Bricks & Sticks: Ceiling Options

Real estate ads and builders brochures often contain ceiling descriptions other than the standard eight-foot flat types that are found in many homes today. Understanding the options you have, especially when building a new home can create a unique space for your family to enjoy.

Tray: A stepped ceiling, where as the design moves further away from the sidewall, the ceiling continues to rise to a higher flat surface. Common in master bedrooms, living and dining rooms. Tray ceilings add an architectural look. Tray’s are typically recessed and require additional framing to support the structure.

Vaulted: Common styles include; angled, barrel and groin. An angled vault is the most typical, one or both sides of a ceiling slope upward towards the peak.Angled vaulted ceilings are popular in most living spaces including sunrooms and master bedrooms. A barrel is distinguished by it’s circular shape and add drama to long hallways. and a groin vault is the intersection of two barrel vaults at a right angle. Groin vaults are common in classical Roman architecture, but are seen today in foyers and breakfast rooms.

Exposed Beam: A beam that is structural or non-structural that is not covered with drywall, tin or wood. Styles include; hand-hewn, faux-wood and recycled finished beams that create an old-world feeling. Typically found in living, family, dining and breakfast rooms.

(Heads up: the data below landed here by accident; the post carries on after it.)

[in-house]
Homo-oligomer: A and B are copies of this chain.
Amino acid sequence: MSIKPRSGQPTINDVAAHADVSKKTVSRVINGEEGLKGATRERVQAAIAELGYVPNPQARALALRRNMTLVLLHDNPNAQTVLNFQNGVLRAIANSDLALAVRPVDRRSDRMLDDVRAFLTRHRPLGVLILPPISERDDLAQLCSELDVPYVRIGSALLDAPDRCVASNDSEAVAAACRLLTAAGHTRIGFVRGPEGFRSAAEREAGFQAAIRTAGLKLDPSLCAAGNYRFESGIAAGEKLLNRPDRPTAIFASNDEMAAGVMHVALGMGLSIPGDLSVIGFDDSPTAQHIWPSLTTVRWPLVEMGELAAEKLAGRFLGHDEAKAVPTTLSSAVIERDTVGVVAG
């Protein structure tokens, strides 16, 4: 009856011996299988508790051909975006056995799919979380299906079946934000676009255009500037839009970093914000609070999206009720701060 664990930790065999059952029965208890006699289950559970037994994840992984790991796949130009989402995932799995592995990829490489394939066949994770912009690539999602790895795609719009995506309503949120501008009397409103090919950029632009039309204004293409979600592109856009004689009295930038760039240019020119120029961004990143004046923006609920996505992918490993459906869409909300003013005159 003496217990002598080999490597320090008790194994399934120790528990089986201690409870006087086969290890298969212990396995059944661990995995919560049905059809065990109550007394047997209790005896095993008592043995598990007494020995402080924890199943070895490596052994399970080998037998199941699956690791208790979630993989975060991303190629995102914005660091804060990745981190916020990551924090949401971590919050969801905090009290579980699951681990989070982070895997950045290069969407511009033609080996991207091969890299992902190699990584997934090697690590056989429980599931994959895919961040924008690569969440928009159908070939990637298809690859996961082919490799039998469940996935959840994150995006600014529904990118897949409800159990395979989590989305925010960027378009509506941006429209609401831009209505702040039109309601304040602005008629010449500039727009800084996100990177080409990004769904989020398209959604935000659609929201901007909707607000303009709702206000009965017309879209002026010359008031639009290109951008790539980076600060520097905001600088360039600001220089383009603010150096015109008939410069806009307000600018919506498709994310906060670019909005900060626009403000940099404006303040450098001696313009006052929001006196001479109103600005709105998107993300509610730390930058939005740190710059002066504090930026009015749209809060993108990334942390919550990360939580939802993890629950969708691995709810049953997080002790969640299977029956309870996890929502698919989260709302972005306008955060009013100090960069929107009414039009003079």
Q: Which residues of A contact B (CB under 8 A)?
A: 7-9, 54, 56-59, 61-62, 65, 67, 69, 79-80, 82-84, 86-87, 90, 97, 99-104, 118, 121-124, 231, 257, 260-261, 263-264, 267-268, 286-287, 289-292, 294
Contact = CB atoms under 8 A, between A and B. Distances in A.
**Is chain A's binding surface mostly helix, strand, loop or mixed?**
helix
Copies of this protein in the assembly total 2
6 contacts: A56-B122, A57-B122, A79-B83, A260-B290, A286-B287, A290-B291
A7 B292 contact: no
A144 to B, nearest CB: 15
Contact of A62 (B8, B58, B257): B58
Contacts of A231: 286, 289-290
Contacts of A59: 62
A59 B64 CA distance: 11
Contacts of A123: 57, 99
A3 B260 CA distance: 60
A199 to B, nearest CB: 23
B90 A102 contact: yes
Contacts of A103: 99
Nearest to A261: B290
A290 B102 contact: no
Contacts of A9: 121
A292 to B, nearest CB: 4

Domed: A round spherical-shaped ceiling that is supported only by it’s base. Recessed coves can accommodate uplighting. Found in classical buildings such as state capitals and in colonial-style homes. Domed ceilings can be plaster or pre-cast fiberglass.

Coffered: A boxed wood ceiling composed of twenty-four in squares surrounded by wood beams. Popular in dining rooms and libraries. Common period designs include Arts and Crafts, Georgian and Victorian. Common materials cherry, oak and mahogany.

Cathedral Ceiling: A blend of a double-angled vault with exposed beams.

Dropped Ceiling. The common application for dropping a ceiling below the structure is to cover heating and plumbing supply lines. Also used in renovating spaces where the original ceiling height is not visually pleasing or energy efficient.

Enjoy more Bricks & Sticks by Mark Nash. Topics include Ceiling options, Interior Lighting and Staircases.

© Copyright 2006 Mark Nash